The MHI provided detailed data (on-the-road performance data which
included the amount of tire
loading) on 53 shipments of manufactured homes. However, data from
industry indicates that in 1999, the manufactured housing industry
shipped 122,926 single-section and 225,745 multi-section homes for a
total of 582,498 sections transported. Therefore, any inferences made
from the data would be based on a sample size of approximately 0.0091
percent [100 x (53/582,498)] of all shipments transported in 1999.
The agency believes this sample size is entirely too small to make any
valid judgment about the on-the-road performance of tires overloaded by
Although information was collected on 503 shipments of manufactured
home sections, individual wheel weights were measured on only 53 of
these shipments. The information gathered from the remaining 450 trips
is important for looking at the overall tire failure rate but not for
examining the percentage of tire failures attributable in whole, or in
part, to tire overloading.
Another factor complicating the analysis of tire failures is that
both the number of tires overloaded, and the amount of overloading on
those tires, varies from trip to trip. Not all manufactured home tires
are overloaded by 18 percent on every trip. Because of the variability
in the amount of overloading per tire and the number of tires that are
typically overloaded on a given shipment, it is extremely difficult to
draw inferences on the performance of overloaded tires. This is
especially the case when an extremely small sample size is involved.
Despite the inadequacy of the MHI data for some kinds of analysis,
one figure is hard to ignore: tire failures occurred on 12 percent of
the trips involving sections of manufactured housing (61 of 503).
Although the incidence of tire failure seems to have declined since
overloading was limited to 18 percent in 1998, the fact that 12 percent
of the trips examined by the MHI were still marred by tire failure--for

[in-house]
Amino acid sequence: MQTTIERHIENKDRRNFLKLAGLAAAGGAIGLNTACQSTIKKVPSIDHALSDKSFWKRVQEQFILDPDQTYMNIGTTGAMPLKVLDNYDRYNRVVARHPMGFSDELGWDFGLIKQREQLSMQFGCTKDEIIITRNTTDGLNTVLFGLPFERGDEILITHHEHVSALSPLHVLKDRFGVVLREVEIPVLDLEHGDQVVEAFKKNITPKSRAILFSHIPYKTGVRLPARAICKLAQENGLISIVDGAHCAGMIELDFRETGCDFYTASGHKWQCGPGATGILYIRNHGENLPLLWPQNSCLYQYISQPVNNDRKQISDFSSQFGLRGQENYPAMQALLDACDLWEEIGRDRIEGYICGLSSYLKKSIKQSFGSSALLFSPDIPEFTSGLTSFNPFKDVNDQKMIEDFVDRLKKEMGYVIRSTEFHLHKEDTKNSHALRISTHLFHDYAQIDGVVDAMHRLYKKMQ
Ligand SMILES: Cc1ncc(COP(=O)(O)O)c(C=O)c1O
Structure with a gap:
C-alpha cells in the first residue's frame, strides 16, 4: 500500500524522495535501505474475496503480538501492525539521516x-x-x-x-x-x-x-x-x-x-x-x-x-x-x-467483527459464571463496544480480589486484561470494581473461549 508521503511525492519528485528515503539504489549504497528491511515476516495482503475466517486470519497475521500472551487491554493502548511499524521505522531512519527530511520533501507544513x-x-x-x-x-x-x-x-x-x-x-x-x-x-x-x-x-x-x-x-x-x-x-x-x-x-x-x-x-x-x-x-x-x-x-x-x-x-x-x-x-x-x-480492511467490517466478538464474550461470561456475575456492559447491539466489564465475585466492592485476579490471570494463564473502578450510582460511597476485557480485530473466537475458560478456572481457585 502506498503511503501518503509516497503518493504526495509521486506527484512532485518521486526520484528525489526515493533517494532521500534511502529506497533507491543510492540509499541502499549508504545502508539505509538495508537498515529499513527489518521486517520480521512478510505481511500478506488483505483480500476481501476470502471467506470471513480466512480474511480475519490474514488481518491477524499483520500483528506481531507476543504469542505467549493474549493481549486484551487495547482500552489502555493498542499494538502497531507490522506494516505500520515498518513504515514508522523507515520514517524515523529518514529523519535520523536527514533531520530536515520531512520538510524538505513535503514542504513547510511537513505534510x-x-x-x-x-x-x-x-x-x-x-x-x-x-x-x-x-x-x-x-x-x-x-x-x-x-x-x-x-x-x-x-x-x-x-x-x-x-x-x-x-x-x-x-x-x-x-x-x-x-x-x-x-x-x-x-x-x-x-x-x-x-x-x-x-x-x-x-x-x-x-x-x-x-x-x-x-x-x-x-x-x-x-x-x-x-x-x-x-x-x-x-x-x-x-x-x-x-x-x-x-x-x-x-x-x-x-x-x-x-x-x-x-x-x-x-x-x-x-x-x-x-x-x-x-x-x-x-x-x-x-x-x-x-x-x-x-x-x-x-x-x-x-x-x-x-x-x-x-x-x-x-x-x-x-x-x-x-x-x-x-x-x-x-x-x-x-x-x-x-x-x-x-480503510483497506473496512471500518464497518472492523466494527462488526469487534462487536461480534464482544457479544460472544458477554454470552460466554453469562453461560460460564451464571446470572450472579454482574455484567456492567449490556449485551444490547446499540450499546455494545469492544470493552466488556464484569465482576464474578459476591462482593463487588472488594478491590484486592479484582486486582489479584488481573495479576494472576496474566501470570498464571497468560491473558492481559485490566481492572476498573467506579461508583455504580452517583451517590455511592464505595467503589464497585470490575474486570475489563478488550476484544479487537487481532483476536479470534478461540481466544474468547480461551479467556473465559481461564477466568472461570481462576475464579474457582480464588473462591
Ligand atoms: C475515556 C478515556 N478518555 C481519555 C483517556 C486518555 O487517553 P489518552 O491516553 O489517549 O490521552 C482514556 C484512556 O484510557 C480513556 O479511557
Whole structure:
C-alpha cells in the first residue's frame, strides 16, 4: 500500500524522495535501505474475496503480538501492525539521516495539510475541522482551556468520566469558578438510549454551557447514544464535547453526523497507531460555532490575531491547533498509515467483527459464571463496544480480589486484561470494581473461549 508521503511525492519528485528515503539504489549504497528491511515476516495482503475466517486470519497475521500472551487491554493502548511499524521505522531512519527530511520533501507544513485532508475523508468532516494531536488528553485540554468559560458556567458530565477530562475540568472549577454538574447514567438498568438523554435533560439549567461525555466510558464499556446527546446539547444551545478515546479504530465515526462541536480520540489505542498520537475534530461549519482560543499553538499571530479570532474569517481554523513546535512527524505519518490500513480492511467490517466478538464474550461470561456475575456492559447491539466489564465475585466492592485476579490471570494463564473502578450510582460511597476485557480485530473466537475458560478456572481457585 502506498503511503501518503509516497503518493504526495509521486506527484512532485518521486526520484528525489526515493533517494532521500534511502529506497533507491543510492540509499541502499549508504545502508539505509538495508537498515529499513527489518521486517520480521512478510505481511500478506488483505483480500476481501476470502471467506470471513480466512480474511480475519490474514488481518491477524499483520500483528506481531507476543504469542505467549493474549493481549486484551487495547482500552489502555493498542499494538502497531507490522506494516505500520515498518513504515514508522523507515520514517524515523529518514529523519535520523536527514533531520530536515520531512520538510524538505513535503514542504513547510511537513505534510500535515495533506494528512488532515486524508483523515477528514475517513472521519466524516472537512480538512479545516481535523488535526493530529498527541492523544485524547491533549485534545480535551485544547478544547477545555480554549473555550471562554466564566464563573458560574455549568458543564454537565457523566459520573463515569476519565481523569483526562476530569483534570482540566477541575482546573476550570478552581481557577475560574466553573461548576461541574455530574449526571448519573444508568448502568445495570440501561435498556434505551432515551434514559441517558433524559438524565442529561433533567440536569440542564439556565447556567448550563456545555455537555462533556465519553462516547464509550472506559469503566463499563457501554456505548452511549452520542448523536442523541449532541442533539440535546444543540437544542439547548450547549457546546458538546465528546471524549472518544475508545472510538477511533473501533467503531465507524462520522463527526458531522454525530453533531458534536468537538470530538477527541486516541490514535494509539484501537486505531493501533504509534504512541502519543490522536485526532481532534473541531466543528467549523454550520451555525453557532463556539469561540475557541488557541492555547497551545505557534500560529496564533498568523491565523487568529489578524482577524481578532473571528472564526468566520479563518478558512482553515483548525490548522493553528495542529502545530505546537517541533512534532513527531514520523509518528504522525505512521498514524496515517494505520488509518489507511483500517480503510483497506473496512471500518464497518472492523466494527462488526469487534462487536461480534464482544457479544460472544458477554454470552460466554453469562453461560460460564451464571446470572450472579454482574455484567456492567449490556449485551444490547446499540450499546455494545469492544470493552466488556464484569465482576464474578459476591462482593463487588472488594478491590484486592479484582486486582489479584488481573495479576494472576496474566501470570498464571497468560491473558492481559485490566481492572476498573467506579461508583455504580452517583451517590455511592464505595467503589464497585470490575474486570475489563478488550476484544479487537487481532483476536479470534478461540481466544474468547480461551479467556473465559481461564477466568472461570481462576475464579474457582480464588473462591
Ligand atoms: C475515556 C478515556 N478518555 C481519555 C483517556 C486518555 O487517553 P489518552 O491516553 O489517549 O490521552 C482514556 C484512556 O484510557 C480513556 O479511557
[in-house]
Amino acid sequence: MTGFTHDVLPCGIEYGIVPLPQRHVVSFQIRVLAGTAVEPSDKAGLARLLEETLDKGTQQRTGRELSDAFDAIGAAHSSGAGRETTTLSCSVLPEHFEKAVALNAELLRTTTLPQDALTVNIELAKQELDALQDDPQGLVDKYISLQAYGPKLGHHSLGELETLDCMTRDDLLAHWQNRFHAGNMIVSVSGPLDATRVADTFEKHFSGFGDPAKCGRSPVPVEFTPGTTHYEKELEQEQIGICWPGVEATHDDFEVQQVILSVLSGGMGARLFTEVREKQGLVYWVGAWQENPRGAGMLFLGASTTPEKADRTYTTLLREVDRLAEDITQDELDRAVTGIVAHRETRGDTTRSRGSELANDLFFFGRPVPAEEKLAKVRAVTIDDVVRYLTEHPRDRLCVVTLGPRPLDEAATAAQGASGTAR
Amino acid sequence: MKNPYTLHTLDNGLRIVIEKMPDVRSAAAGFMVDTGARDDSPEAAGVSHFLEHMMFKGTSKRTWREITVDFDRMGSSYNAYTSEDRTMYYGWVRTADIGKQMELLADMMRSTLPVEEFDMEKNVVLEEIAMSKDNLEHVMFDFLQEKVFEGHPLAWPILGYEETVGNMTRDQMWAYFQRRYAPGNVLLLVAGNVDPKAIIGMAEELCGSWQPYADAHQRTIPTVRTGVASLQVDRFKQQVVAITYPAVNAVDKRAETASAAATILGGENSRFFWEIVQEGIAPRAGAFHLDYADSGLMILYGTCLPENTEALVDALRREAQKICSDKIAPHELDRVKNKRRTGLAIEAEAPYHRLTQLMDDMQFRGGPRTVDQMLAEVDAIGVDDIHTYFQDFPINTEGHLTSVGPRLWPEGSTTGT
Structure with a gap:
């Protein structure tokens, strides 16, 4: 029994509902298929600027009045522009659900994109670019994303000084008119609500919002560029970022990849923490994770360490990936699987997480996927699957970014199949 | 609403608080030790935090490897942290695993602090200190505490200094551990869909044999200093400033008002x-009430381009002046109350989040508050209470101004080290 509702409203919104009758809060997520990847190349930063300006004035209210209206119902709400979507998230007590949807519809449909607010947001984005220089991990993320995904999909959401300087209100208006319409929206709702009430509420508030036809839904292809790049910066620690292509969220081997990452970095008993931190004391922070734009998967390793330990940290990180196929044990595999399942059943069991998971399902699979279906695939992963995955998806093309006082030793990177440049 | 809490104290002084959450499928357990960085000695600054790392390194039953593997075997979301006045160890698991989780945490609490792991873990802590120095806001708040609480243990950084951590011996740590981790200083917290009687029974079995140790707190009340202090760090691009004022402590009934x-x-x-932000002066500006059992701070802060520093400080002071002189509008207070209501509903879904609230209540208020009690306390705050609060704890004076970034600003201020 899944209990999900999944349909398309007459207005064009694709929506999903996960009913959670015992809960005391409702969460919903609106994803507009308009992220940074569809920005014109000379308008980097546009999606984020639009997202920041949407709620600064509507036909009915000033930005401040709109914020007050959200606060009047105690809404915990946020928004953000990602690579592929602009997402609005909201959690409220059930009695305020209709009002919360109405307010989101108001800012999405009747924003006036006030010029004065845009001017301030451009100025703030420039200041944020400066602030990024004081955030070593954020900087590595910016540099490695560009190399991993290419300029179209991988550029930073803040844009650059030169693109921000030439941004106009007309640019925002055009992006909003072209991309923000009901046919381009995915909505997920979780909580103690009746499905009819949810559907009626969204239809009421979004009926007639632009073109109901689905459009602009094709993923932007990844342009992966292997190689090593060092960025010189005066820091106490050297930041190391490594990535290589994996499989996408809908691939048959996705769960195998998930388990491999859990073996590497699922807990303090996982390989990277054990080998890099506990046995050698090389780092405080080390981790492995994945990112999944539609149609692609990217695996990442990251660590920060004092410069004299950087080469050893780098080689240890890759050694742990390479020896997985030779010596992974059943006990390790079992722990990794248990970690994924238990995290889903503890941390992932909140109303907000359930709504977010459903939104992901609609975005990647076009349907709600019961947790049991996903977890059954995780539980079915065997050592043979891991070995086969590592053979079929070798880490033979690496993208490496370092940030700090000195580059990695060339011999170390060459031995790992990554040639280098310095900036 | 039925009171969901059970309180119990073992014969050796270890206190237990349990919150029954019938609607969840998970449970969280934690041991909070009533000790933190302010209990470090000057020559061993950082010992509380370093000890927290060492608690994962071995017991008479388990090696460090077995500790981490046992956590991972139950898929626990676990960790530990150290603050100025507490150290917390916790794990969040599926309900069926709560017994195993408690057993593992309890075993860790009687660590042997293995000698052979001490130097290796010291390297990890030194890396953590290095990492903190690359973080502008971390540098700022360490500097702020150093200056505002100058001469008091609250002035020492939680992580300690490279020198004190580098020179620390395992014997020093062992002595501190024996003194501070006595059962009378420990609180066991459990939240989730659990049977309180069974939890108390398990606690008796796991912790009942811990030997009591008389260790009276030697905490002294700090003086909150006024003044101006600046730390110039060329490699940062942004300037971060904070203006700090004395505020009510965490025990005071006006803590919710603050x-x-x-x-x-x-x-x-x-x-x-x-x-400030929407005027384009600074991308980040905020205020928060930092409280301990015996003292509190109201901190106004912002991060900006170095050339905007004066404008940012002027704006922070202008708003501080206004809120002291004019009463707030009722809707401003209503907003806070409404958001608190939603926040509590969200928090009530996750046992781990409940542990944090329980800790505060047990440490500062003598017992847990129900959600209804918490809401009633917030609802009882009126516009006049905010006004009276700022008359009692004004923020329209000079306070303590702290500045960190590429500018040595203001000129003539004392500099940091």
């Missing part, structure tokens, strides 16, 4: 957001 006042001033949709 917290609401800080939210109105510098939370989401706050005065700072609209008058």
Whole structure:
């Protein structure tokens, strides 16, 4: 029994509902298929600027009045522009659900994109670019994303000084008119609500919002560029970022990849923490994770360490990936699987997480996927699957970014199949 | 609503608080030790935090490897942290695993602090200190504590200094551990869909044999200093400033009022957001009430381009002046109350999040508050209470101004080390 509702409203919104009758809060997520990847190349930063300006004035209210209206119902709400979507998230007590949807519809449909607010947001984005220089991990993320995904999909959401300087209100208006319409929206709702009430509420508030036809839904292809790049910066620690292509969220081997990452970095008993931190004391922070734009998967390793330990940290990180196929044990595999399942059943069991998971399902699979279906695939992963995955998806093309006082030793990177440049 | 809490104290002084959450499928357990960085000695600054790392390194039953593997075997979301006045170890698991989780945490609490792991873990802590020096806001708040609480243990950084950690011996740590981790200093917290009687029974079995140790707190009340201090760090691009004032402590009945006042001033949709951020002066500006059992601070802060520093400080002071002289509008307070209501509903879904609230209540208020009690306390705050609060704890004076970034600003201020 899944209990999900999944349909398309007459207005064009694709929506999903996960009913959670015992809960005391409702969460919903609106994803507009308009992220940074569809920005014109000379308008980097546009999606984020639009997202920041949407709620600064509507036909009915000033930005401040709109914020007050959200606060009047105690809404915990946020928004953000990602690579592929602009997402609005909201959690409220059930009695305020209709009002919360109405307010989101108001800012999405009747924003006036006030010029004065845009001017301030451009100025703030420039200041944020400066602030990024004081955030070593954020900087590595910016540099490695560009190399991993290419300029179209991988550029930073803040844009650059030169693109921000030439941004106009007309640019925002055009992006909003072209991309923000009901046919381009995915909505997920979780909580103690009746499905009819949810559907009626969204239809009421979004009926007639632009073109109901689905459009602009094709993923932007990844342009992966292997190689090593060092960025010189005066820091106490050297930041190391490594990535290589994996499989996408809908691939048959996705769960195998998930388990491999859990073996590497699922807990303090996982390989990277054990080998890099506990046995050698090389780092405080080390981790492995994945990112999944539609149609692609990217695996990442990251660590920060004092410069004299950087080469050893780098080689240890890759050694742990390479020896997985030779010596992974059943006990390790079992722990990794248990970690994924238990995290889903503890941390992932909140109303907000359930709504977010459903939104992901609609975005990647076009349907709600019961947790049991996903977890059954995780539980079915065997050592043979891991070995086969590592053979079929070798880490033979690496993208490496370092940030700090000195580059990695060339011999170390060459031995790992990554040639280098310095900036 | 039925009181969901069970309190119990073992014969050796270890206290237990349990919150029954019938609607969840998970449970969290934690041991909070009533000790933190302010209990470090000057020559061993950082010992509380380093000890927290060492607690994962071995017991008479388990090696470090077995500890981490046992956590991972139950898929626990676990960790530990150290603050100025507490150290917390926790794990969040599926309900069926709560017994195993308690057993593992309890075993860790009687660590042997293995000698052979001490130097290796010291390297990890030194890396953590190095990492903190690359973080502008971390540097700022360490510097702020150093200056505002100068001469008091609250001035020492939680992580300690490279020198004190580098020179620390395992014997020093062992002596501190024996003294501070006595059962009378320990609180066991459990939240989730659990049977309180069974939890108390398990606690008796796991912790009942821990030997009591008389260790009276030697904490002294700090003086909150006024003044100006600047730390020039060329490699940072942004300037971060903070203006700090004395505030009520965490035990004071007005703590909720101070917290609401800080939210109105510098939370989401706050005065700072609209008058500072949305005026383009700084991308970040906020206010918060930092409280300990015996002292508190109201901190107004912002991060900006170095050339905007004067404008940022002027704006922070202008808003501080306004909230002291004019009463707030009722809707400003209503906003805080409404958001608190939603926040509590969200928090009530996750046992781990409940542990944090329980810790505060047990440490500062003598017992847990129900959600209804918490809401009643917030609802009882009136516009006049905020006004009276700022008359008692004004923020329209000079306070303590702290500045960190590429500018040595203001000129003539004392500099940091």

whatever reason--is not reassuring. This is a far higher number than
other segments of the motor carrier industry experience. The
manufactured housing industry may not have been involved in any recent
fatalities or property-damage accidents, but with a tire-failure rate
that high one cannot be optimistic about the future. Even if a tire
failure does not send the affected combination out of control, tire
fragments can cause other vehicles to swerve, perhaps triggering a
secondary accident. When units of manufactured housing are stopped for
tire replacement, other vehicles will usually slow down to look,
increasing the risk of rear-end accidents in the traffic stream.
Finally, because drivers typically orient themselves by following other
cars or trucks, drivers who are fatigued or distracted sometimes fail
to distinguish between moving vehicles and parked vehicles, with
disastrous consequences. While the FMCSA cannot identify the exact role
of tire overloading in the failure rate experienced by the manufactured
housing industry, we have concluded that this rate is too high and that
the agency should take what actions it can to lower the rate. We have
therefore decided to end the allowance of overloaded tires on
The FMCSA requests comments on the adequacy of the sample size used
by the MHI in its data collection, and on the analysis and
interpretation of that data. The agency also requests comments on its
own analysis and conclusions.
The FMCSA does not consider its actions to be in violation of the
Administrative Procedure Act or the National Technology Transfer and
Advancement Act of 1995. Furthermore, our actions were not contrary to
the public interest.
The FMCSA was not required to place the information it received
from the MHI in the docket until it issued its November 21, 2000, final
rule. Doing so earlier would not have served as a request for public
comment, or provided information about the agency's evaluation of the
petition, or accelerated the agency's analysis of the MHI data. The
period from August 7 to November 20, 2000, was not long enough to allow
the agency, occupied with a wide variety of prior commitments, to
prepare a notice that discussed the issues in meaningful detail, review
the public comments submitted, and issue a final decision. Therefore,
the agency stands by its previous determination that notice and comment
The FMCSA believes notice and comment were unnecessary because the
November 21, 2000, delay in the termination date did not change the
substance of 49 CFR 393.75(g). The agency relied on its expertise in
transportation safety to delay the termination date until December 31,
2001. The agency is not aware of any accidents (as defined in 49 CFR
390.5) involving manufactured homes prior to the 1998 final rule, or
subsequent to the publication of that rule. The agency believes the